Tarot is a very sacred practice and is unique to each and every person -- make your practice YOURS. If anyone tries to guilt you into sharing your gift of reading the cards or makes you feel bad for not sharing, then understand that it has more to do with their insecurities than it does you.
Again, this is your practice so do what feels right. If you want to keep your readings to yourself, then do so. If you feel called to open your readings up to family and close friends, then feel into it and open it up when you're ready. As your practice evolves, your openness to sharing your readings may too. Remember, this is a journey, not a destination so be open, be curious, be adventurous.
MYTH 08: You Must Memorize All 78 Cards Before You Start Reading Tarot
Learning to read tarot cards is a little bit of memorization and a lotta bit of intuition, so try not to get in the mindset that you have to memorize every card before you start doing practice readings. In fact, not being swayed by the textbook meaning of the cards is beneficial because it allows you the opportunity to explore the imagery, colors, numerology, and symbols on the card and gather your own interpretation of the cards.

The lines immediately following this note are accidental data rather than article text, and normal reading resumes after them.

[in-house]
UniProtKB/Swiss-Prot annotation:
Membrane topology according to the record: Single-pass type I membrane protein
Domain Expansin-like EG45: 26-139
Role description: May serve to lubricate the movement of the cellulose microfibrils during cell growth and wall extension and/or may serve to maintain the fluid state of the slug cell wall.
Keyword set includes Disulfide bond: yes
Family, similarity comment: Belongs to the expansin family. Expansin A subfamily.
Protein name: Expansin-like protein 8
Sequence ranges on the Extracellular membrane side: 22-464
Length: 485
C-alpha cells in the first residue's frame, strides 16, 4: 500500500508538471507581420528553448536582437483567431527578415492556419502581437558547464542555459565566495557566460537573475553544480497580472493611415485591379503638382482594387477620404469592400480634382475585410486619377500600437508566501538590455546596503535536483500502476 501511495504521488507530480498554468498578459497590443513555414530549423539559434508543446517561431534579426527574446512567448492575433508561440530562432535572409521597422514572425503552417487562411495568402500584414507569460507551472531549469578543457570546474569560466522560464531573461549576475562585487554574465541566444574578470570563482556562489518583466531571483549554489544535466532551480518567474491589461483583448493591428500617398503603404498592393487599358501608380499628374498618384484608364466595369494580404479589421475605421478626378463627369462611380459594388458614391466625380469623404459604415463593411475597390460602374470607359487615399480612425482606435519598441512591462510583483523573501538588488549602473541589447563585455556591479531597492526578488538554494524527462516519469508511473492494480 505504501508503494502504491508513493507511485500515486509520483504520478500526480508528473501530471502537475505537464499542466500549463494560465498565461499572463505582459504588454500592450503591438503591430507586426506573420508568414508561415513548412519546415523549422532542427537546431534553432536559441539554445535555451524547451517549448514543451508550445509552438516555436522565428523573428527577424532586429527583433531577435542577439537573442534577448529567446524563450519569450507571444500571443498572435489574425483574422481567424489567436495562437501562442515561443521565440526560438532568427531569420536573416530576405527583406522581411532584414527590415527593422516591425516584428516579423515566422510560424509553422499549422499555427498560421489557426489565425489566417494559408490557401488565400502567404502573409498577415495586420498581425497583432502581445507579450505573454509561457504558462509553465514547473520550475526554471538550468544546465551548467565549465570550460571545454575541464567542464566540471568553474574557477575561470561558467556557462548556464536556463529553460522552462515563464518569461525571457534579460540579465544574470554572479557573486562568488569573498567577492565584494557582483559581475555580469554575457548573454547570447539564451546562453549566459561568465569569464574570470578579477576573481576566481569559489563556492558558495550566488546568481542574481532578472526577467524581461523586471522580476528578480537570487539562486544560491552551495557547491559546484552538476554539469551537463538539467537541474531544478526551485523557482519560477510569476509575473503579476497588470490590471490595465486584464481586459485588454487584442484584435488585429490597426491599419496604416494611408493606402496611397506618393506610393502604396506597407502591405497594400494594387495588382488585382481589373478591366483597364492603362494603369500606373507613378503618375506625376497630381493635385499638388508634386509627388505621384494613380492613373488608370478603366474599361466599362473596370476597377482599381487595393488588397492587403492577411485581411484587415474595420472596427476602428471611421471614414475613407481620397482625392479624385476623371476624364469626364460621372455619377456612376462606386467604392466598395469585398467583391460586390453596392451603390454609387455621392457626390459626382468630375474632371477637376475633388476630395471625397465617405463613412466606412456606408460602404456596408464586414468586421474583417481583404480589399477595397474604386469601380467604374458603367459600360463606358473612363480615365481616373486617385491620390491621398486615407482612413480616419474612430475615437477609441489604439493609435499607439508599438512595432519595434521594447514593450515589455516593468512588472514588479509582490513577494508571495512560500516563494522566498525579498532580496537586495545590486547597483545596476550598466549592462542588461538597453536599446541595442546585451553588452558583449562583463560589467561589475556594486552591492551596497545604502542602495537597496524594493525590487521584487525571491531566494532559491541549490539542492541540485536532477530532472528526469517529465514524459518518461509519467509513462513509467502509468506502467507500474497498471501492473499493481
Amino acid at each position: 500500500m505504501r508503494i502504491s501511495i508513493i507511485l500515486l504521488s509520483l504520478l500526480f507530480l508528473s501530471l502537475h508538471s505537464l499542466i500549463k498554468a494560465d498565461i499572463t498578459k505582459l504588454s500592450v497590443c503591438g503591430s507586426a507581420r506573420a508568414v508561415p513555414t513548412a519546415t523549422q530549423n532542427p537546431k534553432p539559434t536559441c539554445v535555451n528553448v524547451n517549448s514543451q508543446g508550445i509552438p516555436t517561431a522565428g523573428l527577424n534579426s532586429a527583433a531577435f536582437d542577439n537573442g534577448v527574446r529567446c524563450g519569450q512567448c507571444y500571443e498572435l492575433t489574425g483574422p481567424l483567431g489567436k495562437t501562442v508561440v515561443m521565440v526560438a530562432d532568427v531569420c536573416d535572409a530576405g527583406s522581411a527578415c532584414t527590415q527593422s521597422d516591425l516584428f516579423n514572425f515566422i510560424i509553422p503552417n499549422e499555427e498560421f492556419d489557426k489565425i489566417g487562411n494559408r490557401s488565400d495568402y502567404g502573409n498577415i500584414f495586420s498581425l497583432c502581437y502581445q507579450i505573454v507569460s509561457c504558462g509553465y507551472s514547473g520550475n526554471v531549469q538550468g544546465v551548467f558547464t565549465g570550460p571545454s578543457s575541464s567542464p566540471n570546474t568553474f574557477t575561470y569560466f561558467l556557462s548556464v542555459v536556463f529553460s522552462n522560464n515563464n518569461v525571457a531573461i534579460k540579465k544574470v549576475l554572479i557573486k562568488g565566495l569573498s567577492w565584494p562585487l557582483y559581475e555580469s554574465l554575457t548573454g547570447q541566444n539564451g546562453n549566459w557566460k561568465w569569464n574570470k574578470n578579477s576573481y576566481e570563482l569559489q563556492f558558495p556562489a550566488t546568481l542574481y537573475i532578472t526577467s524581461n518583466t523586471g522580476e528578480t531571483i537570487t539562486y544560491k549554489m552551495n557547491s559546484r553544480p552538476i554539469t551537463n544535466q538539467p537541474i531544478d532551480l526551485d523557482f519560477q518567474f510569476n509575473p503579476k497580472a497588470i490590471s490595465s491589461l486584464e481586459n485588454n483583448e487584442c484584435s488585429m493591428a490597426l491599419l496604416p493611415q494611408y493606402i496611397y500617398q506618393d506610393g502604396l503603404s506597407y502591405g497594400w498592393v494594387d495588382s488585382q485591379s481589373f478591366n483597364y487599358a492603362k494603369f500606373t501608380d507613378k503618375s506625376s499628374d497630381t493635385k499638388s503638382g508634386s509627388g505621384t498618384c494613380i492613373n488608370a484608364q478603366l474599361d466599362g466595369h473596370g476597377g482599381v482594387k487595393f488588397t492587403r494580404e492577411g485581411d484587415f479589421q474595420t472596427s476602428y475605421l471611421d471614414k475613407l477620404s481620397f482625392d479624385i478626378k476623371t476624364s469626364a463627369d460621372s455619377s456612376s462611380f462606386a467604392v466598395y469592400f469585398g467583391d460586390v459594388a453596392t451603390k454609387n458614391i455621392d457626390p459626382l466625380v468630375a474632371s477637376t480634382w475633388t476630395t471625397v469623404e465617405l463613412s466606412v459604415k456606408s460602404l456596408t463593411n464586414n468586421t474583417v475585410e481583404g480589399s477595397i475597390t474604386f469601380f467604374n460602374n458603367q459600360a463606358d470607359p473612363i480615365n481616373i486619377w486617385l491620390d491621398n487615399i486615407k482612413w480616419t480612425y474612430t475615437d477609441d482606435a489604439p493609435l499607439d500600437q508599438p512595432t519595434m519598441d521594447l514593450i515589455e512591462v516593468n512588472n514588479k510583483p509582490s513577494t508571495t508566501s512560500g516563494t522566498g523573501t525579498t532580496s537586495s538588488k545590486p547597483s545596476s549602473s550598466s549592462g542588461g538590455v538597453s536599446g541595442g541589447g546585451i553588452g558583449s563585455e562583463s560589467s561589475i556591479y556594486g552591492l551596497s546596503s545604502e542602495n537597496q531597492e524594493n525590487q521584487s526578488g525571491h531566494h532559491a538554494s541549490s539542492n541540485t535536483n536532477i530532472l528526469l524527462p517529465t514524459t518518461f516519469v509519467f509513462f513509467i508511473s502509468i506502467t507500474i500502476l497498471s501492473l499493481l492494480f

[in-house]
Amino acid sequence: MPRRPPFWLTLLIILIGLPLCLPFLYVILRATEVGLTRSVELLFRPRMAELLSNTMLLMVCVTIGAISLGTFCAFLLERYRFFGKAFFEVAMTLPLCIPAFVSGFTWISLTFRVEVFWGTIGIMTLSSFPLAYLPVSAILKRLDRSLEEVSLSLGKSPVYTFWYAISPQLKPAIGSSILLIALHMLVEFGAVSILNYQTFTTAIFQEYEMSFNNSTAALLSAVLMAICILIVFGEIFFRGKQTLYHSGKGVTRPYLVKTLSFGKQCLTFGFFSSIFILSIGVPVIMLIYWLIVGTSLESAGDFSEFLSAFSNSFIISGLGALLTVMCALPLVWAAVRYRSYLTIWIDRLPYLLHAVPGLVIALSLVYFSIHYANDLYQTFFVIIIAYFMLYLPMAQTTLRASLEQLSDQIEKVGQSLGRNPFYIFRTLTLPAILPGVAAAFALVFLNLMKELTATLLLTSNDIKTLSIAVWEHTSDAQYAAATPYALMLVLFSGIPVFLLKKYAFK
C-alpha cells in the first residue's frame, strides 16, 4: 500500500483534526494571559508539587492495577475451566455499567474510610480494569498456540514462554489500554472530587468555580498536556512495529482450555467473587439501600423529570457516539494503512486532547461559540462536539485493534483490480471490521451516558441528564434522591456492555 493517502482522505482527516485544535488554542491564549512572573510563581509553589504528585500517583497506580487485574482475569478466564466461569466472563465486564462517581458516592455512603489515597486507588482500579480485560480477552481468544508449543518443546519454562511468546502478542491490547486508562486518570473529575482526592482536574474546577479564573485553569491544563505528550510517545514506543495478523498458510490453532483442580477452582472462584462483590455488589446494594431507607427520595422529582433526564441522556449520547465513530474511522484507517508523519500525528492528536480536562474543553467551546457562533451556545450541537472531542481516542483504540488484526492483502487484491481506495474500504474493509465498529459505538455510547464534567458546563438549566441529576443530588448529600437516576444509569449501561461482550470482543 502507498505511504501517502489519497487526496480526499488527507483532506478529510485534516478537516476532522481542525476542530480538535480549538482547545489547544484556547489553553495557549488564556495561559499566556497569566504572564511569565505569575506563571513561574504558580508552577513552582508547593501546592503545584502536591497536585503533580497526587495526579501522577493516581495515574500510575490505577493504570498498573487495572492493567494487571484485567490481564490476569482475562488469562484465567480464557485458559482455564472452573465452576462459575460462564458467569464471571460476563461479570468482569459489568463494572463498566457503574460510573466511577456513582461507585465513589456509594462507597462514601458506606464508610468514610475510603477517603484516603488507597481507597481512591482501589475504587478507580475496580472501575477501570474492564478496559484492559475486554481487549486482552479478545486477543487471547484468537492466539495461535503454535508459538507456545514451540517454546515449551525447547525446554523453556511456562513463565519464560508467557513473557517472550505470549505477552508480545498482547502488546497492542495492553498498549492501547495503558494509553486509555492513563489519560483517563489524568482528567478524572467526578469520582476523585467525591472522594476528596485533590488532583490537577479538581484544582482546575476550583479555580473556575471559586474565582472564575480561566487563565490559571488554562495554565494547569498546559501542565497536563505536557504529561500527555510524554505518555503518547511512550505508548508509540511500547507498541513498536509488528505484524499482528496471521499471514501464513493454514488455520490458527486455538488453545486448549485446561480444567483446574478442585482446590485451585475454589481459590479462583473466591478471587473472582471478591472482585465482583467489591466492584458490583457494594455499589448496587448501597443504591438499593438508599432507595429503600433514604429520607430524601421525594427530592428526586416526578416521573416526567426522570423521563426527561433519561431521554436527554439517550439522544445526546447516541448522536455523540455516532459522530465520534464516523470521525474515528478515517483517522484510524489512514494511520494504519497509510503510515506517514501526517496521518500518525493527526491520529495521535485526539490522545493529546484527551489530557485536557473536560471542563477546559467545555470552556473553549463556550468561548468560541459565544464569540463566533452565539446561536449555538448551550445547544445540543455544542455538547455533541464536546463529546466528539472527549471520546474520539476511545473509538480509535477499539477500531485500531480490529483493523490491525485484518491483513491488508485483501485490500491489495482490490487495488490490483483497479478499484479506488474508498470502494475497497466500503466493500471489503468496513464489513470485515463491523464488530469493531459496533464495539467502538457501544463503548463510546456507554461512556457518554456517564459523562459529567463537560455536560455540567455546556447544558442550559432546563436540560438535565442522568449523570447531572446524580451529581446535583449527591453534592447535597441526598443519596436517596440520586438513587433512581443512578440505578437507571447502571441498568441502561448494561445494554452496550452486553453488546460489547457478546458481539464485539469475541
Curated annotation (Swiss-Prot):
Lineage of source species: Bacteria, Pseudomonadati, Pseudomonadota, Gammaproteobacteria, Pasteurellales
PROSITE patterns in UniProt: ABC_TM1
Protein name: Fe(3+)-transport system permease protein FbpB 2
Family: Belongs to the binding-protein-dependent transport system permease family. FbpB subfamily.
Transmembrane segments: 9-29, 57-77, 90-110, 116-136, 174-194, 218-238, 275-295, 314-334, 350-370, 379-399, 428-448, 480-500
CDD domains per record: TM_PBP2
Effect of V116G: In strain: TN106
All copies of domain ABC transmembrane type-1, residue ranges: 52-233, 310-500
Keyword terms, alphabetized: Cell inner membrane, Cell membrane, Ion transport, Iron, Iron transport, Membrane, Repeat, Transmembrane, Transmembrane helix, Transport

There's also a lot of pressure if you approach all 78 cards with the expectation of needing to memorize each card. What you'll come to see is that you'll end up using the textbook meaning as a general take on the card and rely more on your own intuitive hits to decipher the card's message and purpose in the greater "story" of the reading. Moreover, cards interplay with each other's energies and influence each other's messages so trying to memorize each card's meaning would vastly limit you from exploring the malleable nature of the cards.
MYTH 09: You Have to Read Reversals
Learning the upright meanings of the cards is enough to take on as a beginner, so don't overwhelm yourself by trying to add reversals into the mix. Actually, a lot of readers choose not to incorporate reversals into their tarot practice as a personal choice for various reasons. And again, there's no rule stating that you need to read reversals so throw that out the window.